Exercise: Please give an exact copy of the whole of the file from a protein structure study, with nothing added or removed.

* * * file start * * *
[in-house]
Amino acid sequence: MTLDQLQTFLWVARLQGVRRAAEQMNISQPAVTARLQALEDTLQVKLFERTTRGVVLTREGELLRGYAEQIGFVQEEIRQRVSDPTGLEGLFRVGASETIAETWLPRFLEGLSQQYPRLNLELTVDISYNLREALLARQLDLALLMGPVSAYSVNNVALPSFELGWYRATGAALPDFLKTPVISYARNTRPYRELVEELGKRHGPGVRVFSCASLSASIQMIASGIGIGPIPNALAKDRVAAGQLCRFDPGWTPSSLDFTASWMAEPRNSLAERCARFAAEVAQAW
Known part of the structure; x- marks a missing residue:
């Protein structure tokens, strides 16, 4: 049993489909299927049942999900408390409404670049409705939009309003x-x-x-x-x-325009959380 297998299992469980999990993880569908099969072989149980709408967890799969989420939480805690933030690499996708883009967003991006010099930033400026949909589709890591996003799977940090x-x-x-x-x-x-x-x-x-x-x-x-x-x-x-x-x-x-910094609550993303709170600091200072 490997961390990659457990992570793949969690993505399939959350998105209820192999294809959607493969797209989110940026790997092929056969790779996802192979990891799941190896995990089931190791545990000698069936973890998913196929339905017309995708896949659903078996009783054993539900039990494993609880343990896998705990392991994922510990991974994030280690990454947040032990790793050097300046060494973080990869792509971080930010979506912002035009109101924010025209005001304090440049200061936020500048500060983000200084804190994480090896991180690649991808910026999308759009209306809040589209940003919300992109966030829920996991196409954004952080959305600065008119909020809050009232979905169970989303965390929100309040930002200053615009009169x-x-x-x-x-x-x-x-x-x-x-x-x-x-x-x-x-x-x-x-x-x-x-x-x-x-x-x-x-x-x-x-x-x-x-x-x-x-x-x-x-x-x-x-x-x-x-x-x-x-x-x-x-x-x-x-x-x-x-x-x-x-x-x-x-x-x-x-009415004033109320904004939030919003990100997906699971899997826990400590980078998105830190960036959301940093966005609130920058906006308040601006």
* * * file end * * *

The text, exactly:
[in-house]
Amino acid sequence: MTLDQLQTFLWVARLQGVRRAAEQMNISQPAVTARLQALEDTLQVKLFERTTRGVVLTREGELLRGYAEQIGFVQEEIRQRVSDPTGLEGLFRVGASETIAETWLPRFLEGLSQQYPRLNLELTVDISYNLREALLARQLDLALLMGPVSAYSVNNVALPSFELGWYRATGAALPDFLKTPVISYARNTRPYRELVEELGKRHGPGVRVFSCASLSASIQMIASGIGIGPIPNALAKDRVAAGQLCRFDPGWTPSSLDFTASWMAEPRNSLAERCARFAAEVAQAW
Known part of the structure; x- marks a missing residue:
């Protein structure tokens, strides 16, 4: 049993489909299927049942999900408390409404670049409705939009309003x-x-x-x-x-325009959380 297998299992469980999990993880569908099969072989149980709408967890799969989420939480805690933030690499996708883009967003991006010099930033400026949909589709890591996003799977940090x-x-x-x-x-x-x-x-x-x-x-x-x-x-x-x-x-x-910094609550993303709170600091200072 490997961390990659457990992570793949969690993505399939959350998105209820192999294809959607493969797209989110940026790997092929056969790779996802192979990891799941190896995990089931190791545990000698069936973890998913196929339905017309995708896949659903078996009783054993539900039990494993609880343990896998705990392991994922510990991974994030280690990454947040032990790793050097300046060494973080990869792509971080930010979506912002035009109101924010025209005001304090440049200061936020500048500060983000200084804190994480090896991180690649991808910026999308759009209306809040589209940003919300992109966030829920996991196409954004952080959305600065008119909020809050009232979905169970989303965390929100309040930002200053615009009169x-x-x-x-x-x-x-x-x-x-x-x-x-x-x-x-x-x-x-x-x-x-x-x-x-x-x-x-x-x-x-x-x-x-x-x-x-x-x-x-x-x-x-x-x-x-x-x-x-x-x-x-x-x-x-x-x-x-x-x-x-x-x-x-x-x-x-x-009415004033109320904004939030919003990100997906699971899997826990400590980078998105830190960036959301940093966005609130920058906006308040601006």